Every measure of opinion or belief in a survey reflects some degree of error. Control groups and, as a second choice, control questions are the most reliable means for assessing response levels against the baseline level of error associated with a particular question.
Three primary methods have traditionally been used to collect survey data: (1) in-person interviews, (2) telephone interviews, and (3) mail questionnaires.188 Recently, in the wake of increasing use of the Internet, researchers have added Web-based surveys to their arsenal of tools. Surveys using in-person and telephone interviews, too, now regularly rely on computerized data collection.189
186. S.S. Kresge Co. v. United Factory Outlet, Inc., 598 F.2d 694, 697 (1st Cir. 1979). Note that the aggregate percentages reported here do not reveal how many of the same respondents were confused by both names, an issue that may be relevant in some situations. See Joseph L. Gastwirth, Reference Guide on Survey Research, 36 Jurimetrics J. 181, 187–88 (1996) (review essay).
187. E.I. du Pont de Nemours & Co. v. Yoshida Int’l, Inc., 393 F. Supp. 502, 526–27 & n.54 (E.D.N.Y. 1975); see also Donchez v. Coors Brewing Co., 392 F.3d 1211, 1218 (10th Cir. 2004) (respondents evaluated eight brand and generic names in addition to the disputed name). A similar approach is used in assessing secondary meaning.
188. Methods also may be combined, as when the telephone is used to “screen” for eligible respondents, who then are invited to participate in an in-person interview.
189. Wright & Marsden, supra note 1, at 13–14.
The interviewer conducting a computer-assisted interview (CAI), whether by telephone (CATI) or face-to-face (CAPI), follows the computer-generated script for the interview and enters the respondent’s answers as the interview proceeds. A primary advantage of CATI and other CAI procedures is that skip patterns can be built into the program. If, for example, the respondent answers yes when asked whether she has ever been the victim of a burglary, the computer will generate further questions about the burglary; if she answers no, the program will automatically skip the followup burglary questions. Interviewer errors in following the skip patterns are therefore avoided, making CAI procedures particularly valuable when the survey involves complex branching and skip patterns.190 CAI procedures also can be used to control for order effects by having the program rotate the order in which the questions or choices are presented.191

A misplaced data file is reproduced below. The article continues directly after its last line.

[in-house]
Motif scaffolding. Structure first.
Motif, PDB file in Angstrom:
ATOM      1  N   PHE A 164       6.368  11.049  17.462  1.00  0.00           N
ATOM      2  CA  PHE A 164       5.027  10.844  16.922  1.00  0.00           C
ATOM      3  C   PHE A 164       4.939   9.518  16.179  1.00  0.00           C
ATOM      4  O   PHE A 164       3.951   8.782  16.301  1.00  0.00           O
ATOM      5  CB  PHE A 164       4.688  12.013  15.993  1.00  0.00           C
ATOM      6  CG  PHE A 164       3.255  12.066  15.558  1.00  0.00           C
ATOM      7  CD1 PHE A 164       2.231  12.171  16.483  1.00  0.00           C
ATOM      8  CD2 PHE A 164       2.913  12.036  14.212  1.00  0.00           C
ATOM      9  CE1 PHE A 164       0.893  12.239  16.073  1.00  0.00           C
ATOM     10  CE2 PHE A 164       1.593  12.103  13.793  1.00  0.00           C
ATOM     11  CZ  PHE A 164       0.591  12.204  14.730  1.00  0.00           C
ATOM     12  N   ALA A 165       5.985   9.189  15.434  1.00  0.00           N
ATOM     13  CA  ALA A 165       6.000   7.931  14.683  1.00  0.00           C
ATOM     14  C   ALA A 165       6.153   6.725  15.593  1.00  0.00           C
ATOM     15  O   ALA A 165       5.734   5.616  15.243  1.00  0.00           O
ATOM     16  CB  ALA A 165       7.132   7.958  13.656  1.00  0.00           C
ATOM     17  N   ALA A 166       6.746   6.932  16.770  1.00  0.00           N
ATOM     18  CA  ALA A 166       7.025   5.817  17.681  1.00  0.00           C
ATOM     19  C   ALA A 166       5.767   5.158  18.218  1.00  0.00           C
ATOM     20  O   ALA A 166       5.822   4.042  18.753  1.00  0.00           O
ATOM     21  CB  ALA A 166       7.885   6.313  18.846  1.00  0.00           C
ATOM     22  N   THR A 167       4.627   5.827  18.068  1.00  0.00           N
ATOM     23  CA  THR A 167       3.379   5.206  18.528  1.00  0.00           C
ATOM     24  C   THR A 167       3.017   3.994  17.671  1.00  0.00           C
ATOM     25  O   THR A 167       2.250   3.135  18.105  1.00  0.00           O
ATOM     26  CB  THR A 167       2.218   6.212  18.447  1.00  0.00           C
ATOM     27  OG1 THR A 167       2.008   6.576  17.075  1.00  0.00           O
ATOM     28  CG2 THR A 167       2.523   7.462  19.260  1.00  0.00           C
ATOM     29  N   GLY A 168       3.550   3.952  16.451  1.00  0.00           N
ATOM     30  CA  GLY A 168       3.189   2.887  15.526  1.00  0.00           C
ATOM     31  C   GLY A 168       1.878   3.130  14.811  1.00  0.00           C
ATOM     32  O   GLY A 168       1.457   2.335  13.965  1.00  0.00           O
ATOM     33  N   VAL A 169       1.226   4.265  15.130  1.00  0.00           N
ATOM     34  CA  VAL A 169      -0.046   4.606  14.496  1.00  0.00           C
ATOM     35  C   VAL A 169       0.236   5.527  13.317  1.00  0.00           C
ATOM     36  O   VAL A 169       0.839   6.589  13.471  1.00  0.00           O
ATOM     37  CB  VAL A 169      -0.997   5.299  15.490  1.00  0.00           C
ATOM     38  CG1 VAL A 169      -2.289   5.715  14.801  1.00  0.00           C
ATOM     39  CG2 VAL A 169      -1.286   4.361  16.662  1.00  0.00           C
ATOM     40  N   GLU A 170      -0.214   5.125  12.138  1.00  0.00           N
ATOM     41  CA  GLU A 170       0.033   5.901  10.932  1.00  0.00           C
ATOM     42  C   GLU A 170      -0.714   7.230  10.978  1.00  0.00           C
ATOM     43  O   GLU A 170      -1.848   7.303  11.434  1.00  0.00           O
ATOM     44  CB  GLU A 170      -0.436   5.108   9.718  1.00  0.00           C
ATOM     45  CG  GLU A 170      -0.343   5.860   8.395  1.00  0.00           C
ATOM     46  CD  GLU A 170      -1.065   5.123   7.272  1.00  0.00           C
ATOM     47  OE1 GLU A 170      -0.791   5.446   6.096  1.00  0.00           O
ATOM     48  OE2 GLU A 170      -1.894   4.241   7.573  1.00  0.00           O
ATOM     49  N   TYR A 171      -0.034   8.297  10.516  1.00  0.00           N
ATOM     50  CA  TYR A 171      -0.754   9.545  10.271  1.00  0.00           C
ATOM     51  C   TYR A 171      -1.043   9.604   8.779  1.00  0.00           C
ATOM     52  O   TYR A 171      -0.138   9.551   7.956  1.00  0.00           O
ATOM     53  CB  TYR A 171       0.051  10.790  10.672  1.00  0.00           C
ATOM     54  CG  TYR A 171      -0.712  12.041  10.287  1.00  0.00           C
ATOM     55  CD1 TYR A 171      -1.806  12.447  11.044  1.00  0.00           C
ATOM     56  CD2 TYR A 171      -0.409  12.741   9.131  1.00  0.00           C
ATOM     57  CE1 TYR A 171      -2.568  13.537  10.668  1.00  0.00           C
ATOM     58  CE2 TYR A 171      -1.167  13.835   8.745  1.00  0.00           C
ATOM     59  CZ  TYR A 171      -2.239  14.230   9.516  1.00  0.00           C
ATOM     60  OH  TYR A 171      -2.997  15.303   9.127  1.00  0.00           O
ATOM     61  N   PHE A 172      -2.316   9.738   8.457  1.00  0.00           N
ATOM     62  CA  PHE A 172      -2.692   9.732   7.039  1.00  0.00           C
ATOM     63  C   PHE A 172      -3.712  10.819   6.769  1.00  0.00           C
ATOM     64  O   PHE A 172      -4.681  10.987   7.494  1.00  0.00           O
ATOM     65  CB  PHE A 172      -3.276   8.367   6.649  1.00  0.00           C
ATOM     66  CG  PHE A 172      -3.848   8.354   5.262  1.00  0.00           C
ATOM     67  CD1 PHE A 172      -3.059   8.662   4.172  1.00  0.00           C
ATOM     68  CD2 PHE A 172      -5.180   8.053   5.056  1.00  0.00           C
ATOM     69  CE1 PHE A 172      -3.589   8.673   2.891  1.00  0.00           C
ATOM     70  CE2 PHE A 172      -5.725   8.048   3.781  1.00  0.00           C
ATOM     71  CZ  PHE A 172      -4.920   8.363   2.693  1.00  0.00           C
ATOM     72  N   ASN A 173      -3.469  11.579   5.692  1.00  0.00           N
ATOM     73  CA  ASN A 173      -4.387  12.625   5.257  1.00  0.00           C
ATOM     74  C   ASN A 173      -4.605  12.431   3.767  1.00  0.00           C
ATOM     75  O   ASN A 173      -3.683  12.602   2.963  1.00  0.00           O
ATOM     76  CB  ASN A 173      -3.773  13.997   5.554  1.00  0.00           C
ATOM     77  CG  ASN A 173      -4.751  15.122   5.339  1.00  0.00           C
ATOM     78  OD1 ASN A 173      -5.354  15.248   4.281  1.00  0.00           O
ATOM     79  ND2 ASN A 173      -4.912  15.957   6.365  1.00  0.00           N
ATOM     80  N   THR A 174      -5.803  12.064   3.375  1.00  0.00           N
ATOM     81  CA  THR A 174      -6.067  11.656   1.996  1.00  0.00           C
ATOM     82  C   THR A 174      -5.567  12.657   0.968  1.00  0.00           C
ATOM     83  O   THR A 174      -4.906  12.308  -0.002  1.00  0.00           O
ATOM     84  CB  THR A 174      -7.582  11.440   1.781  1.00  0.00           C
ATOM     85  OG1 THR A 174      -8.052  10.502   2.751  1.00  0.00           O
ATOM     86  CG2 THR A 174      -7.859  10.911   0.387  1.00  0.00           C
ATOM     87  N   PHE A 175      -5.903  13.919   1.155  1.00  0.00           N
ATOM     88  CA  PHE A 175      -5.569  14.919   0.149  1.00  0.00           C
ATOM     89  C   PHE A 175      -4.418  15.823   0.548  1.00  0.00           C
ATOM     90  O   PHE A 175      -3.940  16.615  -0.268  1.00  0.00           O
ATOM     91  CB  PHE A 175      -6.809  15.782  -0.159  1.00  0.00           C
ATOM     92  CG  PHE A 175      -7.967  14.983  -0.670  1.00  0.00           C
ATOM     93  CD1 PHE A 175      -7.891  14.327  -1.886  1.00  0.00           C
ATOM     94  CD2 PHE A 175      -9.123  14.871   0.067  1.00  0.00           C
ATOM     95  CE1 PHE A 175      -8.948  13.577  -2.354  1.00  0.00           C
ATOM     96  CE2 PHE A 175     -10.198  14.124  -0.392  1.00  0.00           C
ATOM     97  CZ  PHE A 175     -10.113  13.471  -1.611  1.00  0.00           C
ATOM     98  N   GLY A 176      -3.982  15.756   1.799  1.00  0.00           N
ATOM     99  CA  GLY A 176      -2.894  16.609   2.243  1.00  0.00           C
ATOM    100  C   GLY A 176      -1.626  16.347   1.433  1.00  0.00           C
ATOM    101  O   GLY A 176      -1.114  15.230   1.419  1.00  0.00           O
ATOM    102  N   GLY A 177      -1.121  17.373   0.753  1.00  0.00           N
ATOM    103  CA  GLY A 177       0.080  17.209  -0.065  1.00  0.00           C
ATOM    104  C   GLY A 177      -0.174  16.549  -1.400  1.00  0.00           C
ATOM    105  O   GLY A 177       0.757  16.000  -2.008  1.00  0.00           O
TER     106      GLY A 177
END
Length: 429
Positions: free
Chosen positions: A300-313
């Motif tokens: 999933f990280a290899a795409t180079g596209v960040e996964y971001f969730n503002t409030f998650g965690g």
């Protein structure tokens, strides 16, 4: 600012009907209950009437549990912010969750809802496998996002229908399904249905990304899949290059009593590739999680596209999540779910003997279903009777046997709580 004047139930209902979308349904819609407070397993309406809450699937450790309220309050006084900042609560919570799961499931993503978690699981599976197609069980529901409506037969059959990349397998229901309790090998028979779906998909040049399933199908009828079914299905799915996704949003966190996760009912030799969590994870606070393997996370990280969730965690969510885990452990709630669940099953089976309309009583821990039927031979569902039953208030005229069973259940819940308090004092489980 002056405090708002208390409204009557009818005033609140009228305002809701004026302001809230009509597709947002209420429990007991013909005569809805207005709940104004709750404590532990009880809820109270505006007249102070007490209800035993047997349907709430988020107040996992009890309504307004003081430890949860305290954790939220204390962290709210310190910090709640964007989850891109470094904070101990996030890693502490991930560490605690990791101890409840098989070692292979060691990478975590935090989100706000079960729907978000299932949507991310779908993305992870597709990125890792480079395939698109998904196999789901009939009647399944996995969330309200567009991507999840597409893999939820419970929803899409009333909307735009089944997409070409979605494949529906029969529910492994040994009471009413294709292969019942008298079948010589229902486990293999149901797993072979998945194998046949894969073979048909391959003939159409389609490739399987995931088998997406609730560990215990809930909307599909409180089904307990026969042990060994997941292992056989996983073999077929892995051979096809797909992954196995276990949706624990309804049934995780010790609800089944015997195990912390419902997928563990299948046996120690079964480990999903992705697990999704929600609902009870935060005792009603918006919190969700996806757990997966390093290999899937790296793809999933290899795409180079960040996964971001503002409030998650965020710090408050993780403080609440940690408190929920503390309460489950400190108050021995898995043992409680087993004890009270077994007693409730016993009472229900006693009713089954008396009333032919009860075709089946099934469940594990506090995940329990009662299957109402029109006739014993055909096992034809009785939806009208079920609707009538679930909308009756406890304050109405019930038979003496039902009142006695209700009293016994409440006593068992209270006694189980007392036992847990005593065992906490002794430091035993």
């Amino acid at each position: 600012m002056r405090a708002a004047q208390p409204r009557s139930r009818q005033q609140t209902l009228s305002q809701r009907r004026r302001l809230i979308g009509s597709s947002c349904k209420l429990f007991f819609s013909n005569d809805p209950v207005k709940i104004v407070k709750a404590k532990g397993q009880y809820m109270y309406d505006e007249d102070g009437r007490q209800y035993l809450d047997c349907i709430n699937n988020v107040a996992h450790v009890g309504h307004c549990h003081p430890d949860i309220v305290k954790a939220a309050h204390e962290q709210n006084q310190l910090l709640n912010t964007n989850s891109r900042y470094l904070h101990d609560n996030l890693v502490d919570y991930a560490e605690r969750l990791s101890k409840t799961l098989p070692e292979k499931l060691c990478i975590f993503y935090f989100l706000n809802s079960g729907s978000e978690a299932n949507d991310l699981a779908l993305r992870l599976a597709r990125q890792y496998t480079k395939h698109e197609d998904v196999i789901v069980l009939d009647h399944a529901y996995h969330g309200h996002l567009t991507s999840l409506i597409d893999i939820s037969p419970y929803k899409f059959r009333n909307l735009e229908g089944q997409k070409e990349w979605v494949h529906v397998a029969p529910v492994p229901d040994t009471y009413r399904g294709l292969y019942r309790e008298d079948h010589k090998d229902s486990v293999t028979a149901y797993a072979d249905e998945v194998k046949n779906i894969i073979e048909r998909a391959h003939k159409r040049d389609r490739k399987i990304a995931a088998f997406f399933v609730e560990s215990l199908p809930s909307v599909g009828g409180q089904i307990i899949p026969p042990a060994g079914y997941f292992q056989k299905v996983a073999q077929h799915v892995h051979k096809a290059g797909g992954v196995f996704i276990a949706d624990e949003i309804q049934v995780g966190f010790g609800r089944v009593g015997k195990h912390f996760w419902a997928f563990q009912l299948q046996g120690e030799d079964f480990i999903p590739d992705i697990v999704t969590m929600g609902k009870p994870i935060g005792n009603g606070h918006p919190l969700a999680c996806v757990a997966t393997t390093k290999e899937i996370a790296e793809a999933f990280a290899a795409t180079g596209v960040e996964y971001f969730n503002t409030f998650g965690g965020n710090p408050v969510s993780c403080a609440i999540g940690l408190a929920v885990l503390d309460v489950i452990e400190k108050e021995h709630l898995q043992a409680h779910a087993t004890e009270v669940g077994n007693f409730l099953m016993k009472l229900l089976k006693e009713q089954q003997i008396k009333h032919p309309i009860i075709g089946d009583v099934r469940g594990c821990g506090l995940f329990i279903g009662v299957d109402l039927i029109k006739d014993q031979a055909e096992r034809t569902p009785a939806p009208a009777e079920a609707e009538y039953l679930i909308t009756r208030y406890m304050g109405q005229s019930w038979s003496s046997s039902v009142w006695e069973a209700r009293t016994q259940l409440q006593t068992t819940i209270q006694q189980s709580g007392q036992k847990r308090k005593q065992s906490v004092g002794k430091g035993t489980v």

Recent innovations in CAI procedures include audio computer-assisted self-interviewing (ACASI) in which the respondent listens to recorded questions over the telephone or reads questions from a computer screen while listening to recorded versions of them through headphones. The respondent then answers verbally or on a keypad. ACASI procedures are particularly useful for collecting sensitive information (e.g., illegal drug use and other HIV risk behavior).192
All CAI procedures require additional planning to take advantage of the potential for improvements in data quality. When a CAI protocol is used in a survey presented in litigation, the party offering the survey should supply for inspection the computer program that was used to generate the interviews. Moreover, CAI procedures do not eliminate the need for close monitoring of interviews to ensure that interviewers are accurately reading the questions in the interview protocol and accurately entering the respondent’s answers.
The choice of any data collection method for a survey should be justified by its strengths and weaknesses.
Although costly, in-person interviews generally are the preferred method of data collection, especially when visual materials must be shown to the respondent under controlled conditions.193 When the questions are complex and the interviewers are skilled, in-person interviewing provides the maximum opportunity to
190. Willem E. Saris, Computer-Assisted Interviewing 20, 27 (1991).
191. See, e.g., Intel Corp. v. Advanced Micro Devices, Inc., 756 F. Supp. 1292, 1296–97 (N.D. Cal. 1991) (survey designed to test whether the term 386 as applied to a microprocessor was generic used a CATI protocol that tested reactions to five terms presented in rotated order).
192. See, e.g., N. Galai et al., ACASI Versus Interviewer-Administered Questionnaires for Sensitive Risk Behaviors: Results of a Cross-Over Randomized Trial Among Injection Drug Users (abstract, 2004), available at http://gateway.nlm.nih.gov/MeetingAbstracts/ma?f=102280272.html.
193. A mail survey also can include limited visual materials but cannot exercise control over when and how the respondent views them.